Contractions: depicting what they really are

The last contractions

The baby is here! Fresh, all wrinkly and magnificent, of course! But for you, labour isn’t quite over just yet. A few last (and intense) contractions and a couple of pushes to eject the placenta. Don’t panic! Once the baby is on top of you, the pain seems to ease away.

Mothers tell all… uncensored!

“Having had regular false contractions, I would say that for me, a real contraction was the one that made me say: “Hell with the bath, lying on your left side, taking a walk and blah blah blah! Call the midwife and my birth guide Kathleen! Physiologically, I had to change my breathing.” Caroline

“I had many Braxton-Hicks contractions throughout my pregnancy starting from my 20th week. At first, I thought the baby was lying “sideways”. My belly would harden and I thought it was the baby’s back resting on my belly. A colleague touched my belly and said: this is too large for it to be the baby’s back at 20 weeks. It’s hard everywhere, it’s probably a contraction”.

“My false contractions were a little painful but the real ones started out in my kidneys and resonated through my entire stomach. I had never felt that before, I knew that this time, they were the real ones!”

“Contractions may feel like menstrual cramps, but the pain is multiplied by 50! I also had the impression that my stomach wanted to rip apart. My belly became so hard! And I felt a pull from one side to the other. I might not be the best example since for both of my deliveries, my babies were posterior. The pain was in my lower back and kidneys. It’s really hard to describe. I think you have to live it to fully understand. But it’s a bearable pain if you decide to accept the contraction and work with it to reach your one and only goal: give birth!”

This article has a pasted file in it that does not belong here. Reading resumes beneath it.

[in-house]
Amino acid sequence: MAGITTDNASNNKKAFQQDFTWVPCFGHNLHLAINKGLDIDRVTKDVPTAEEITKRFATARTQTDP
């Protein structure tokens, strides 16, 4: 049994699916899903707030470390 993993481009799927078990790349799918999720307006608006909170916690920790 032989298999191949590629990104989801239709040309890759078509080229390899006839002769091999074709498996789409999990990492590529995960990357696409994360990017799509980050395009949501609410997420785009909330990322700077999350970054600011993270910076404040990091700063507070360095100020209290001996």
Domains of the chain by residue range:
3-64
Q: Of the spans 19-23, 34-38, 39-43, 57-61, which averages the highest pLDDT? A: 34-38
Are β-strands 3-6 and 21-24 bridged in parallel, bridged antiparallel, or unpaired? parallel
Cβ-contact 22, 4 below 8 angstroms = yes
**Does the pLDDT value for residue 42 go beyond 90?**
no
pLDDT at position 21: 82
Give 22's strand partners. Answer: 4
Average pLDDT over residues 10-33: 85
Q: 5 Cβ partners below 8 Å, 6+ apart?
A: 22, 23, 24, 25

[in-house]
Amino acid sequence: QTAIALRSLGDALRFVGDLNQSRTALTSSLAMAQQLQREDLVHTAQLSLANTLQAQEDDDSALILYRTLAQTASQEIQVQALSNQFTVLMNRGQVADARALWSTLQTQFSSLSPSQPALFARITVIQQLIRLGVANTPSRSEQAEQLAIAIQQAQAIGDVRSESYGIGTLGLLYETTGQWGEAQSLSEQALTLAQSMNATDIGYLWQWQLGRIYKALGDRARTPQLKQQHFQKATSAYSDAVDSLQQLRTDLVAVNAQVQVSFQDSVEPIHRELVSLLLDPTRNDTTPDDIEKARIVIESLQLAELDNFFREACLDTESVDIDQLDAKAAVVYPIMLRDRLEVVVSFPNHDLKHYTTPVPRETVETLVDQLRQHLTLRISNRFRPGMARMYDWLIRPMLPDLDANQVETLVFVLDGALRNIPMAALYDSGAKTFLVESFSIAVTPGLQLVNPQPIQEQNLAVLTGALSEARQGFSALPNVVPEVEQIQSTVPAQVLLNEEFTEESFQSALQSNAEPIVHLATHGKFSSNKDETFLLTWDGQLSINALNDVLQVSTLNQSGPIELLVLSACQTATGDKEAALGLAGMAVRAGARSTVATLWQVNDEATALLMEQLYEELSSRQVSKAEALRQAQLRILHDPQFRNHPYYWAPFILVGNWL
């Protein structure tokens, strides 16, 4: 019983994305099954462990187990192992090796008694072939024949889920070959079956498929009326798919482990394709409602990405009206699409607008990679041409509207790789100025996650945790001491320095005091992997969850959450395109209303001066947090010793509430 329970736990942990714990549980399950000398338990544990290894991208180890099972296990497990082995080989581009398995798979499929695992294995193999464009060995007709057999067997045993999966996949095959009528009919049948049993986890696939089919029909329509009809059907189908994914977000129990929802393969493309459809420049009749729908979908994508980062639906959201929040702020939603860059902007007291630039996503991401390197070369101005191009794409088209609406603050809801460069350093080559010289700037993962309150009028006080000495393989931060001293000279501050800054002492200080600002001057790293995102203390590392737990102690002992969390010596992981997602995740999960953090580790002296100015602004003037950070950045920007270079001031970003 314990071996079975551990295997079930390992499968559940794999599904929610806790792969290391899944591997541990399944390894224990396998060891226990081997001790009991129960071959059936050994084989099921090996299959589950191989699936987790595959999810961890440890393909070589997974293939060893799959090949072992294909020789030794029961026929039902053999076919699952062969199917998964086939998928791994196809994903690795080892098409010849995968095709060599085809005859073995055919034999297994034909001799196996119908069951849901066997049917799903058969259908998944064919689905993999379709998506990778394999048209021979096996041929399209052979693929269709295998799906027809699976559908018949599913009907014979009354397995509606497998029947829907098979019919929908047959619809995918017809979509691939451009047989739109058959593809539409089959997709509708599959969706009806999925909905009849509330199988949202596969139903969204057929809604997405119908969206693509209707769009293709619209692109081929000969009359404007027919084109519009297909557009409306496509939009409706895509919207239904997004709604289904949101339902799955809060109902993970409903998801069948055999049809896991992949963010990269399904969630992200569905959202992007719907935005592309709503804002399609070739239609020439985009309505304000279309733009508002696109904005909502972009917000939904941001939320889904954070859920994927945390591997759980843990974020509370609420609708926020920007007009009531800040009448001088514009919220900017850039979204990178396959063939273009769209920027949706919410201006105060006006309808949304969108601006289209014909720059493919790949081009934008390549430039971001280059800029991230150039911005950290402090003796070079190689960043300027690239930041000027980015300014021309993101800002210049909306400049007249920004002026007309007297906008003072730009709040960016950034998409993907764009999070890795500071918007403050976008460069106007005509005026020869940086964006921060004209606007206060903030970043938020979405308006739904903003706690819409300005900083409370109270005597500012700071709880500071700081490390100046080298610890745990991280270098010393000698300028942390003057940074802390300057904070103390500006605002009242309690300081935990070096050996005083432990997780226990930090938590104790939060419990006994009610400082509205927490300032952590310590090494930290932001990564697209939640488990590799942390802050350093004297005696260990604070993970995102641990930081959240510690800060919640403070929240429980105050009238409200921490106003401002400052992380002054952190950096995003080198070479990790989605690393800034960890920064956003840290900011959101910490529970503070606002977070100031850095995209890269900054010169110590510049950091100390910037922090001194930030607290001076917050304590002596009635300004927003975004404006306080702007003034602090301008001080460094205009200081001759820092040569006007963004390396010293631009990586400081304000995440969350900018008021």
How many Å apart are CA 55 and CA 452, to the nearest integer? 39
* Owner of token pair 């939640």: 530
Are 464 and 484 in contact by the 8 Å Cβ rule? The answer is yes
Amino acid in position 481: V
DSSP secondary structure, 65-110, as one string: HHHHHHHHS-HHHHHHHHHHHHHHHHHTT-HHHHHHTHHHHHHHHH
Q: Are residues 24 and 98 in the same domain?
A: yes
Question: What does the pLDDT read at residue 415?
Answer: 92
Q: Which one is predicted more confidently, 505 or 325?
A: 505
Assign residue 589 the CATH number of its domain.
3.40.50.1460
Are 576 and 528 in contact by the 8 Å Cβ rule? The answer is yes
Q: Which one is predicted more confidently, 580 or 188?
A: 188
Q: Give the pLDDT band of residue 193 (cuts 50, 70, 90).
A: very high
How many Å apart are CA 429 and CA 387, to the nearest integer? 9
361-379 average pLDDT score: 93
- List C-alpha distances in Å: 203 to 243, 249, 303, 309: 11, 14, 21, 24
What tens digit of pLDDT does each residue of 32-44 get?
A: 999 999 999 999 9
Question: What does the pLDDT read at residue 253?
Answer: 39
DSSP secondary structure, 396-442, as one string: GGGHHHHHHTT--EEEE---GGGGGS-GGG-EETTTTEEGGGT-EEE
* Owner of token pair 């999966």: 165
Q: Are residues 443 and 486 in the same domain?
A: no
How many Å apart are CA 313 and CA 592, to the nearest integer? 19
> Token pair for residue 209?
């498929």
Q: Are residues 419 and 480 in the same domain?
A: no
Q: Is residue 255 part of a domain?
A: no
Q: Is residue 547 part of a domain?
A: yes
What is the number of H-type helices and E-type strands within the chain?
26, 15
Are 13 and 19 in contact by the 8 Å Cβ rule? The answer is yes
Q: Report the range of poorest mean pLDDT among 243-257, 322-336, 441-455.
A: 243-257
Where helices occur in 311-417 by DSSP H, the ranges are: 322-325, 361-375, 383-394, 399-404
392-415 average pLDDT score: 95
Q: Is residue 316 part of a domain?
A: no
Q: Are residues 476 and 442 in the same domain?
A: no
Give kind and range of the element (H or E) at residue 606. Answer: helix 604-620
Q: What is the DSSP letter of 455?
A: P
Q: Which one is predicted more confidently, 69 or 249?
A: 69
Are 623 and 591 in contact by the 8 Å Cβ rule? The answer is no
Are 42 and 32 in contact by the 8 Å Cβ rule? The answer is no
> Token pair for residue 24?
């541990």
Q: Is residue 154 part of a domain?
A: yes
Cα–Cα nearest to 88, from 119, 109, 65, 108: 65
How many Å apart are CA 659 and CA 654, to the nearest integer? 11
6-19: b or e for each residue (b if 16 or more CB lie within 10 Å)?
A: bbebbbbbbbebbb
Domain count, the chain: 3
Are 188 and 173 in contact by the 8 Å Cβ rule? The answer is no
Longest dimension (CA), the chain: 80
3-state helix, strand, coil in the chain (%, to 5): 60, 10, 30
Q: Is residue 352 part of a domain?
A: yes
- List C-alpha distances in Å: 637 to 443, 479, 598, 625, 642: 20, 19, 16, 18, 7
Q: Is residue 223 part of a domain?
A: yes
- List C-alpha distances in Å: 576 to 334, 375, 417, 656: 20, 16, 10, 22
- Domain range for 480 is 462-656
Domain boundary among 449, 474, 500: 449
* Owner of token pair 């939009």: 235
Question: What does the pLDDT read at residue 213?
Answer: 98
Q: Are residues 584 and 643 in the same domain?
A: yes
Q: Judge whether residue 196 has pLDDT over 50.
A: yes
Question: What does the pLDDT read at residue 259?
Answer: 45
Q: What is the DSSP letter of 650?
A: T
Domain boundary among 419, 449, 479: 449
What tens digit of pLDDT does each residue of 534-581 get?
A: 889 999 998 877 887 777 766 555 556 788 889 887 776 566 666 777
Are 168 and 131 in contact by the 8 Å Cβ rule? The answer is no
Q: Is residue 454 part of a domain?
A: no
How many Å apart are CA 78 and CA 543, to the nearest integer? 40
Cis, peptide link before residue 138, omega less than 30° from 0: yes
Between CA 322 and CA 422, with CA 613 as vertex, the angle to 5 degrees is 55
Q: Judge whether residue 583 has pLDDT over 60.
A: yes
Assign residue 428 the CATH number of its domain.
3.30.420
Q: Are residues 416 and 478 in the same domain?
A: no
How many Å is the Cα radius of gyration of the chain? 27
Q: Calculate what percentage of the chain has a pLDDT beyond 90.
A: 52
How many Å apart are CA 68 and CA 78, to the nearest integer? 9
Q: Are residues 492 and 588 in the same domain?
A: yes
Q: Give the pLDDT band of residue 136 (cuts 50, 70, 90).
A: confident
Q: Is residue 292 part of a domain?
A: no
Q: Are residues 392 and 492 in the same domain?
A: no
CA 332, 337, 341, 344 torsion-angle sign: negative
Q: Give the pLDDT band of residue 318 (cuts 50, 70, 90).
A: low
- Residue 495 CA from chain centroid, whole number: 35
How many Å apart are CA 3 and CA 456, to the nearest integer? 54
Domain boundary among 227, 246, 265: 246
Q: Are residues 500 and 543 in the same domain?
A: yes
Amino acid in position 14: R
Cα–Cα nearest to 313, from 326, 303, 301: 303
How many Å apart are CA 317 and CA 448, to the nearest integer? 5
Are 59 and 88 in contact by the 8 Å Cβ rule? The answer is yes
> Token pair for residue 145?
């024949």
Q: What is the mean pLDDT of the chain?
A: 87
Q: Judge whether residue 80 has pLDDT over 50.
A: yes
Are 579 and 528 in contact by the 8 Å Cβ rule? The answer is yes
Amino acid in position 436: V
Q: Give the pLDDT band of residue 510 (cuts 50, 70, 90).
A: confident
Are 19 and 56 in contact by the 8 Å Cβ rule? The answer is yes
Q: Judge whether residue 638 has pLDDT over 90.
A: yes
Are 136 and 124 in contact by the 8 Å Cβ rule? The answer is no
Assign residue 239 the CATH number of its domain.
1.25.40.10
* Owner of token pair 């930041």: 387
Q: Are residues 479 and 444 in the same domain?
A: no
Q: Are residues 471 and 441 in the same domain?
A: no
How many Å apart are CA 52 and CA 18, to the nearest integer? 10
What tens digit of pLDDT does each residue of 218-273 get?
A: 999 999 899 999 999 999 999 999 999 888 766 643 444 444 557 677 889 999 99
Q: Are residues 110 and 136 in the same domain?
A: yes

“I only had painful contractions at 9 cm! Otherwise, I only felt them in my back. It’s really because of their steadiness that my boyfriend (not me) insisted that we head out to the hospital. Had it only been me, I would have probably given birth in the car!”

“During the fake ones, my stomach felt like a soccer ball. During the real contractions, I had kidney pains at regular intervals. My stomach never hurt, it was my back that wanted to tear me apart.”

“Labour started on the way to the hospital after my water broke. It wasn’t that painful. But an hour later, it started to really hurt. It was like a huge cramp that paralyzed me. It hurt so badly. I still thought it was bearable even though I couldn’t help making faces and breathing loudly. The pain was in my lower back and in my belly. It didn’t remind me of any pain I knew.”

“The first contraction is special. It doesn’t hurt, it’s just uncomfortable. Then, as labour progresses, the pain spreads to the lower back, like a heart attack for your ovaries (!) that seems to intensify.”

“For me, the big contractions hurt in my stomach, lower back, and from my pelvis to my knees. Yes, down to my knees! That’s what surprised me the most about my contractions! Never would I have thought they could hurt that much! With every contraction, I felt like my pelvis was about to break.”

“During my second pregnancy, I had false contractions every day during the last 5 weeks! I was highly encouraged to take a bath because it would help ease my contractions…but they forgot to tell me that when the labour has begun, a warm bath will accelerate the process! While I was in the bath, the pain intensified and the contractions became closer together. (I didn’t have a watch in the bath so I don’t know how far apart my contractions were!) Let me tell you it was about time I left for the hospital: I gave birth 40 minutes after being admitted!

Image de Nadine Descheneaux

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